Friday, July 18, 2008

Stars, radiation, DNA, and cancer

There are in the order of 100 billion (1011) stars in a typical spiral galaxy, such as our own Milky Way. Only about a thousand of these are visible to the naked eye at any one time, in the absence of light pollution. In contrast, there are in the order of 100 trillion cells (1014) cells in the human body. That's a thousand cells for every star in the Milky Way.

Within almost all of those 100 trillion cells is a nucleus which contains DNA. The DNA suffers various types of damage on a routine basis, and in fact, an estimated 2,000,000,000,000,000,000 DNA lesions occur per person, per day! Whilst there are copious DNA repair mechanisms within each cell to deal with this damage, they aren't 100% effective.

The most serious types of lesion are double-strand breaks. DNA is, famously, a double-helix, and when both helical strands are ripped asunder, this is referred to as a double-strand break. Double-strand breaks are capable of causing DNA mutation, and certain types of DNA mutation lead to the formation of cancer.

Whilst some of the DNA damage is caused by chemicals, radiation is also capable of causing DNA damage. Everyone on the Earth is subject to a background level of radiation, which averages about 2.4 milliSievert per annum. About 1 milliSievert of that is external radiation from X-rays and gamma rays. At 1 milliSievert of whole-body exposure, every cell nucleus in the human body is crossed by, on average, one X-ray/gamma-ray per year. This will cause, on average, 4 double-strand breaks per hundred cells, 15 DNA crosslink breaks per hundred cells, 100 single-strand breaks per hundred cells, and 250 damaged DNA base-molecules per hundred cells.

The most damaging type of radiation to biological material is ionising radiation. This is radiation which possesses sufficient energy to liberate the electrons from the host atoms or molecules in biological tissue. X-rays and gamma rays are ionising radiation, which deposit their energy indirectly in biological material. That is, they create secondary charged particles, typically electrons, which deposit their energy by means of the direct ionisation and excitation of the atoms and molecules in the biological medium.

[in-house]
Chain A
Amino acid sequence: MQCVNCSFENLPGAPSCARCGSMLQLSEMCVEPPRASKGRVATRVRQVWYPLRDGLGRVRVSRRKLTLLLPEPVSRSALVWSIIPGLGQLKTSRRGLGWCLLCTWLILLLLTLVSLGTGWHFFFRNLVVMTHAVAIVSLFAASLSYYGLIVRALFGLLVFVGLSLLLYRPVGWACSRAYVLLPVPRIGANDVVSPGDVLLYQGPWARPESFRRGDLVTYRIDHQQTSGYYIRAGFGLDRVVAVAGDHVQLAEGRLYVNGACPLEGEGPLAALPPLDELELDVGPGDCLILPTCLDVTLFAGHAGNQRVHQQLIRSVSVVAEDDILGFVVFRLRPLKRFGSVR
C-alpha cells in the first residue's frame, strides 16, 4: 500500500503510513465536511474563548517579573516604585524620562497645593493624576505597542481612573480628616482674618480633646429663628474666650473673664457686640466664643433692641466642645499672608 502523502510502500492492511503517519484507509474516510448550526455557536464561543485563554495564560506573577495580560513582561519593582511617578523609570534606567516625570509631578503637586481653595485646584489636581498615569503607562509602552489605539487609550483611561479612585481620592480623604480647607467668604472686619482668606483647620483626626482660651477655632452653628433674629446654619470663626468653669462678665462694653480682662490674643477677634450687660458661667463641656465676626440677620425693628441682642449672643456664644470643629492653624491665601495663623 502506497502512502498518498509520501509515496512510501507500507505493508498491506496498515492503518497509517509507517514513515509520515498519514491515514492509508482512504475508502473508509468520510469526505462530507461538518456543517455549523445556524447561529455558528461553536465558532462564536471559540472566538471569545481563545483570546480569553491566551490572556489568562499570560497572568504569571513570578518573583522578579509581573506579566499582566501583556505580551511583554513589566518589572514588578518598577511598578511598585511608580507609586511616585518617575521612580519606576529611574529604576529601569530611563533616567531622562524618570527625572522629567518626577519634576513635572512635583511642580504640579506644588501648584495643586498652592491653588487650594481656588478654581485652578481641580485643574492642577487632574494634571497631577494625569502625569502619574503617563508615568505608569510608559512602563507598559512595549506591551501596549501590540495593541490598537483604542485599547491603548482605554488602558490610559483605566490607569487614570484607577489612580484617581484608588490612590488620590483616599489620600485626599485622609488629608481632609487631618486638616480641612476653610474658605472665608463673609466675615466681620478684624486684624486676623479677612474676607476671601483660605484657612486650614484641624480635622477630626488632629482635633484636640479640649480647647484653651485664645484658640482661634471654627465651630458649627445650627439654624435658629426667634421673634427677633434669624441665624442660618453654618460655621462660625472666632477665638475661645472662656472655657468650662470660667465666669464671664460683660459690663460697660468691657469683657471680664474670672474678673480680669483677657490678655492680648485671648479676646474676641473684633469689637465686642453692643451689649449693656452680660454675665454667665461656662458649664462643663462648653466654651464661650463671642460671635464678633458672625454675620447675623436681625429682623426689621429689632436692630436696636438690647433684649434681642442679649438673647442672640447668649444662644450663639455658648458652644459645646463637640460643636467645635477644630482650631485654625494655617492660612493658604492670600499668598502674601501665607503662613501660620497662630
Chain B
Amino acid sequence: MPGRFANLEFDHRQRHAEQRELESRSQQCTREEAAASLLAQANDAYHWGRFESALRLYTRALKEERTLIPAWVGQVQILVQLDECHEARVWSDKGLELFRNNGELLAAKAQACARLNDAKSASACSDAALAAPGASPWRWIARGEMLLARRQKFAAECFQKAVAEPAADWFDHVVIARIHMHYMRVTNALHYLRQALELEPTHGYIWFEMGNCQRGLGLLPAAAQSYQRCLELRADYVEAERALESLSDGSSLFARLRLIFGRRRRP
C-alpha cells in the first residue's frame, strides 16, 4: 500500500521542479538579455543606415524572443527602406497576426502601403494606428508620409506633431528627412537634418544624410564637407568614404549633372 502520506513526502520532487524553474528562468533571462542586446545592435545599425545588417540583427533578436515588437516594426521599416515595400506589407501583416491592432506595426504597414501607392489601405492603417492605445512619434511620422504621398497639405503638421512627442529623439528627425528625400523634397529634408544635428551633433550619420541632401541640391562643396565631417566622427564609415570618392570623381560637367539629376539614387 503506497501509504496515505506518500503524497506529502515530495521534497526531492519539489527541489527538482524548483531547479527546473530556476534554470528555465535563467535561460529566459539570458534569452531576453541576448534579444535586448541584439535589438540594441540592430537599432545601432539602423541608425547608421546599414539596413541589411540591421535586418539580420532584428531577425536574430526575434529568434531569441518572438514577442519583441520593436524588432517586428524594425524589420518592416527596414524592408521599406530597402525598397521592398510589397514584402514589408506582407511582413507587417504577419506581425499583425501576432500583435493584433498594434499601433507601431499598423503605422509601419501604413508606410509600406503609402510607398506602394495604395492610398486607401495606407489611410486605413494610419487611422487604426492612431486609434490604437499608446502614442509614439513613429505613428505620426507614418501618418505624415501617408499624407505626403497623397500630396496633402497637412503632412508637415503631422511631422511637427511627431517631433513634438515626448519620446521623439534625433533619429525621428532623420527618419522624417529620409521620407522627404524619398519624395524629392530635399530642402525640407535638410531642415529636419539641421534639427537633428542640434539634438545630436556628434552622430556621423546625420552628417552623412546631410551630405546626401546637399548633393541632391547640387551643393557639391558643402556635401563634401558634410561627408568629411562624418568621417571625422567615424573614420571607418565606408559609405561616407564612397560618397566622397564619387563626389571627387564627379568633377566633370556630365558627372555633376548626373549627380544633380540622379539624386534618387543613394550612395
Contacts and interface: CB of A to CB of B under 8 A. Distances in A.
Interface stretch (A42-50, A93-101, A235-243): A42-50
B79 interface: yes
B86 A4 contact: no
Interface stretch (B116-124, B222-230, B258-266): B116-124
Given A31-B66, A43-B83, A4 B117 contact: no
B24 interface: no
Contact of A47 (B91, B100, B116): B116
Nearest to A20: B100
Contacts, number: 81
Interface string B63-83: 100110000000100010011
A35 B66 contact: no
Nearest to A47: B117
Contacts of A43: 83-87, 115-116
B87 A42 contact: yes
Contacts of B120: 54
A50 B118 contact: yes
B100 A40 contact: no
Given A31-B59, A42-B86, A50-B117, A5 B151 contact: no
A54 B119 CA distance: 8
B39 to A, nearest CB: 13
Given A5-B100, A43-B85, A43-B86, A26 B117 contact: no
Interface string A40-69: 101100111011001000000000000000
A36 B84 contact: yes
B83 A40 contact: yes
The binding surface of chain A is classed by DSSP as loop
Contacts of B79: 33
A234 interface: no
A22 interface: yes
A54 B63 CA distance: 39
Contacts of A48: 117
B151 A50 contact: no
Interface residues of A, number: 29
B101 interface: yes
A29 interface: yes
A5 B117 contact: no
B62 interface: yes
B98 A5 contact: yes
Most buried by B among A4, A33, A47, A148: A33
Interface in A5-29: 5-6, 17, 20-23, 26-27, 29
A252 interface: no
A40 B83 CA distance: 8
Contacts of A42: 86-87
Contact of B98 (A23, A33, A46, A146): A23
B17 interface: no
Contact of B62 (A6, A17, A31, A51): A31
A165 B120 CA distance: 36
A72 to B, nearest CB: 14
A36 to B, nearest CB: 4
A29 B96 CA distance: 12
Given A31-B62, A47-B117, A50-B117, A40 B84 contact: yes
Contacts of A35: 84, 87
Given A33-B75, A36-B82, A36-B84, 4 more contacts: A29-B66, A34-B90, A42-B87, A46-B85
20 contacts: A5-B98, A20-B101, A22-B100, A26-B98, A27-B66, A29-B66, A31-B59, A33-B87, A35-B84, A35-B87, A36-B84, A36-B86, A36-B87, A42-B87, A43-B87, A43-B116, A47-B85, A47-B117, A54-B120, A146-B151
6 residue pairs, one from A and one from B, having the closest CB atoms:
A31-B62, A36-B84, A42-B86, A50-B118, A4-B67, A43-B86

An X-ray or gamma ray photon can liberate an electron by means of either:

(i) the photoelectric effect, in which a tightly bound inner electron is freed from its atom, and the photon is absorbed;

(ii) Compton scattering, in which the photon transfers some of its energy to free a loosely-held outer electron;

(iii) pair production, in which the photon interacts with the electrostatic field of an atomic nucleus, and is converted into an electron and a positron.

Once a secondary particle is created by this means, it can typically undergo millions of Coulomb force interactions with other atoms and molecules before it loses all its kinetic energy, exciting and ionising those atoms and molecules en route. A high-energy electron can sometimes also lose energy by bremsstrahlung X-ray production, if accelerated by a nearby atomic nucleus. This X-ray may, in turn, ionise other atoms, or may simply exit the biological medium. Within the trail of ionised atoms created by an electron, those atoms which have lost an electron from an inner shell may themselves emit fluorescent radiation, or may emit a cascade of low-energy Auger electrons.

There's a lot going on, then.

In addition to the complexity of the particle interactions, it is necessary to consider the complex levels of DNA structure within a cell nucleus. The DNA double helix is wound around spools of protein called histones. The spools are themselves linked together, and the DNA winds one and a half-times around each histone to form what's called a nucleosome. The nucleosomes are then wound into a spiral structure themselves, and this spiral forms loops attached to so-called protein scaffolding.

Whilst there is obviously an enormous amount of complexity here, I don't see much evidence of ambitious theoretical and mathematical programmes within the field of oncology. Too much research time and money is expended on trial-and-error experimentation. What we need is a decent theoretical model of all the structures and processes involved in the formation of cancer, and then we need a supercomputer simulation, or distributed computing simulation of these structures and processes. Without wishing to trivialise the difficulty involved, the field of oncology needs something comparable to the Millennium simulation in cosmology.


Clare Dudman said...

Fascinating. I've always thought that the in-between structures (between DNA and chromosomes) are too much ignored.

Gordon McCabe said...

Indeed, chromatin fibre, as I neglected to mention it's called.